Magnetic Resonance Imaging Reveals Elevated Aortic Pulse Wave Velocity in Overweight Adolescents
Jessica Elizabeth Caterini1,2, Laura Banks3,4, Greg D Wells1,5, Brian McCrindle4,6, and Mike Seed4,6

1Physiology and Experimental Medicine, Hospital for Sick Children, Toronto, ON, Canada, 2Department of Exercise Sciences, University of Toronto, Toronto, ON, Canada, 3Faculty of Kinesiology and Physical Education, University of Toronto, ON, Canada, 4Labatt Family Heart Centre, Hospital for Sick Children, Toronto, ON, Canada, 5Faculty of Kinesiology and Physical Education, University of Toronto, Toronto, ON, Canada, 6Department of Pediatrics, Faculty of Medicine, University of Toronto, Toronto, ON, Canada


This study provides a comparison of four commonly-used estimates of PWV to evaluate aortic stiffness, and compares these estimates of PWV with factors indicating cardiometabolic risk in obese youth. Hemodynamic parameters and phase-contrast CMR of the aortic arch at 3.0T were measured in 19 participants (12 obese, 7 normal-weight). Four methods of estimating PWV were used (cross-correlation, foot-to-foot, half-peak, area under the curve). There was an association between increasing measures of inflammation (C-reactive protein) and BMI, indicating that aortic PWV may be associated with changes in arterial stiffness in adolescents with subclinical biomarkers of cardiovascular disease. Careful consideration should be given to the method of PWV estimation due to measurement bias.


Phase contrast magnetic resonance imaging can be used to estimate pulse wave velocity as a non-invasive marker to detect early changes in vascular structure and function[1]. While aortic PWV (aPWV) measured by velocity-encoded CMR may uncover early vascular abnormalities in obese youth at risk for cardiovascular disease, numerous techniques can be used to measure the time-shift (Δt) between two points in the pulse wave, which results in measurement error. This study assessed inter-method agreement in aortic PWV (aPWV) using two standard algorithms (cross-correlation (CC), time-to-foot (TTF)) and two methods interpolating time points on the flow curve (half-peak (HP), integral (INT))[2]. We also investigated the relationship between aPWV and markers of cardiometabolic risk in a cohort of overweight/obese (Ow/Ob) adolescents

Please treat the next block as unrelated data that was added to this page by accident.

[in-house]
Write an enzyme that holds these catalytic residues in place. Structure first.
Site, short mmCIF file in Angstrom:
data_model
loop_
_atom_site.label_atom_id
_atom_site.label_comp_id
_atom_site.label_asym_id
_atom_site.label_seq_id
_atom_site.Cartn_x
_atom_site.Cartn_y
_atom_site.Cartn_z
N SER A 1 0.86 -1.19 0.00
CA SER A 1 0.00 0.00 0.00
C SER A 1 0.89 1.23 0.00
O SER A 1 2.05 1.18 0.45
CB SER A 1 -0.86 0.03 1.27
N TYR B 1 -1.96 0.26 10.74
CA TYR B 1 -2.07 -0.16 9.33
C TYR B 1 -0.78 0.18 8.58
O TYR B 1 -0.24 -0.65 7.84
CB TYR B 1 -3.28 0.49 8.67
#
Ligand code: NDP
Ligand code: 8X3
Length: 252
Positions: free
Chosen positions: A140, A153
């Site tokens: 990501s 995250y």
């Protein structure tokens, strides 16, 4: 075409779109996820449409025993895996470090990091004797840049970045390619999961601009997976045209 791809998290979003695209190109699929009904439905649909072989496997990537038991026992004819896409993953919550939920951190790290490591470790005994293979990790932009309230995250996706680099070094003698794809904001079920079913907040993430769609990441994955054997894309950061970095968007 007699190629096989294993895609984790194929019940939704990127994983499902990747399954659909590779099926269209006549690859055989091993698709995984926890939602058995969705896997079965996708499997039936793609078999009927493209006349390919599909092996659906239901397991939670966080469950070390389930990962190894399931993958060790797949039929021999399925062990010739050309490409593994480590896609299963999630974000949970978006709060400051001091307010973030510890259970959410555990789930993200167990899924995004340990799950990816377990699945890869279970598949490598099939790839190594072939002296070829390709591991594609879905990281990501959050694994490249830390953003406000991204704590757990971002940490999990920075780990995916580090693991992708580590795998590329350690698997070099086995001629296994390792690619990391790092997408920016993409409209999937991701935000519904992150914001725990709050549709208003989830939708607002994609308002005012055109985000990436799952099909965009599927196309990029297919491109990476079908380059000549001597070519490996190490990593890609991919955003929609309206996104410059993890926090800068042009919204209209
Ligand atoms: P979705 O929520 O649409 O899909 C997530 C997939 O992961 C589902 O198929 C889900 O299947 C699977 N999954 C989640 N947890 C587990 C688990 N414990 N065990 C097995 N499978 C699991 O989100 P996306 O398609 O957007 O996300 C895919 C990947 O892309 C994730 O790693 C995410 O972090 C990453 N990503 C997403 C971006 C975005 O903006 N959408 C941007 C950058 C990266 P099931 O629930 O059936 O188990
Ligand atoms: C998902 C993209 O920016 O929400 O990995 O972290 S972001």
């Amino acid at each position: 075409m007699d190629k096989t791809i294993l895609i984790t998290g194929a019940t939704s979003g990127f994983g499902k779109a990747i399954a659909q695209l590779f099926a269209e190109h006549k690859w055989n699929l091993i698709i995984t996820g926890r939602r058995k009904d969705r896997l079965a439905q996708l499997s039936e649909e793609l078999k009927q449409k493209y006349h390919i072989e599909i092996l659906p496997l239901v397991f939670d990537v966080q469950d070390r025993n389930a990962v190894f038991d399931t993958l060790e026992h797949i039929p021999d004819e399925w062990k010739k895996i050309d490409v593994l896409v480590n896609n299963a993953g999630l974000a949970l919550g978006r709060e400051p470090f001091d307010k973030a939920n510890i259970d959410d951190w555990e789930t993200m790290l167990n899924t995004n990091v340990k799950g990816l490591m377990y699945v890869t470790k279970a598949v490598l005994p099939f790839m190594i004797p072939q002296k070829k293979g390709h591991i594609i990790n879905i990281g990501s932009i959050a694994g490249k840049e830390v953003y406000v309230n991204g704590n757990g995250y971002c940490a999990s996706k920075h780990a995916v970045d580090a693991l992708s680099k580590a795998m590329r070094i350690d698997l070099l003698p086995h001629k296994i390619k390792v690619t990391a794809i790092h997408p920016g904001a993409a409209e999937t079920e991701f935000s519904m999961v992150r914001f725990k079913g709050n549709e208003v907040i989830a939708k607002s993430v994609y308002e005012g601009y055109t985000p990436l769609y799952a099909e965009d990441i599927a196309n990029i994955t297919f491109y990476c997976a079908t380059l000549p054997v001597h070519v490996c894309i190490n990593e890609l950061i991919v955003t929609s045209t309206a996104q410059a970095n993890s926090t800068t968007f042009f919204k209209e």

Nineteen (n=12 Ow/Ob, Table 1) adolescents had cardiac imaging performed on a 3T MRI system (Siemens Magnetom TrioTim, Germany). Flow waves were obtained using phase-contrast images perpendicular to the ascending and descending aorta at the level of the right pulmonary artery. PC images were acquired with a non-breath-hold single-slice ECG-gated sequence. Imaging parameters were: TE/TR = 2.72/19.16ms, flip angle = 25°, in-plane resolution = 1.6mm x1.6 mm, slice thickness = 4mm, venc=150cm/s, NSA=2, iPAT= GRAPPA, acceleration factor 2. This resulted in an effective temporal resolution for flow-velocity calculation of 10-14ms depending on the heart rate. Aortic arch length measurements were obtained with a turbo spin echo breath-hold sequence oriented along the long axis of the aortic arch. Flow waves were analyzed with commercially-available software Qflow (Medis, Netherlands), and aortic arch distance measured between the ascending and descending aorta using Qmass (Medis, Netherlands). aPWV was obtained for all four methods (CC, TTF, HP, INT) using custom programs in MATLAB, and a mean aPWV was computed from the average of the four methods. Bland-Altman analysis assessed inter-method agreement, and regression analyses were used to compare aPWV with measures of cardiometabolic risk.


Inter-method results showed no significant bias across the CC and INT methods (mean difference ± SD= 0.91±0.56 m/s), CC and HP (mean difference ± SD= 1.23±0.29 m/s), or HP and INT (mean difference ± SD = 0.32±0.29 m/s). FTF had significant bias against CC, HP, and INT methods. aPWV was significantly higher in Ow/Ob participants versus healthy normal weight controls when corrected for age and sex (Ow/Ob= 3.8±0.49 m/s; control= 3.07±0.52 m/s, p=0.014). BMI z-score (β=0.51, r2=0.61, p=0.017) and C-reactive protein significantly predicted increasing aPWV (β=0.61, r2=0.61, p=0.004) when controlling for age and sex.

Discussion and Conclusion

Increasing arterial stiffness measured by aPWV was associated with increasing body weight and inflammatory status in overweight and obese adolescents without hypertension or metabolic dysfunction. Importantly, poor time resolution has a significant effect on PWV estimation, and can affect experimental interpretation. Interpolated methods (integral and time to half peak) of measuring aPWV show the greatest agreement in our adolescent cohort, with significant bias between foot-to-foot and the other three methods of estimation. The method used to calculate Δt in the estimation of aPWV should be carefully considered given these differences.


No acknowledgement found.


[1] Rider, OJ et al. (2010). Obesity, 18(12), 2311-2316. [2] Dogui, A et al. (2011). JMRI, 33(6), 1321-1329.


Table 1. Participant descriptive characteristics (mean ± standard deviation). * represents a between-group difference of p <0.05.

Figure 1. Flow waveforms of ascending and descending aorta from selected participant with four methods of time-shift calculation. a: foot-to-foot (FTF); b: time-to-half-peak (HP); c: integral (INT); d: cross-correlation (CC).

Figure 2. a: Sagittal aortic arch image with through-plane scan used as distance reference. b. Anatomical reference scan of ascending and descending aorta in aortic arch. c. Velocity-encoded scan corresponding to image (b).

Proc. Intl. Soc. Mag. Reson. Med. 25 (2017)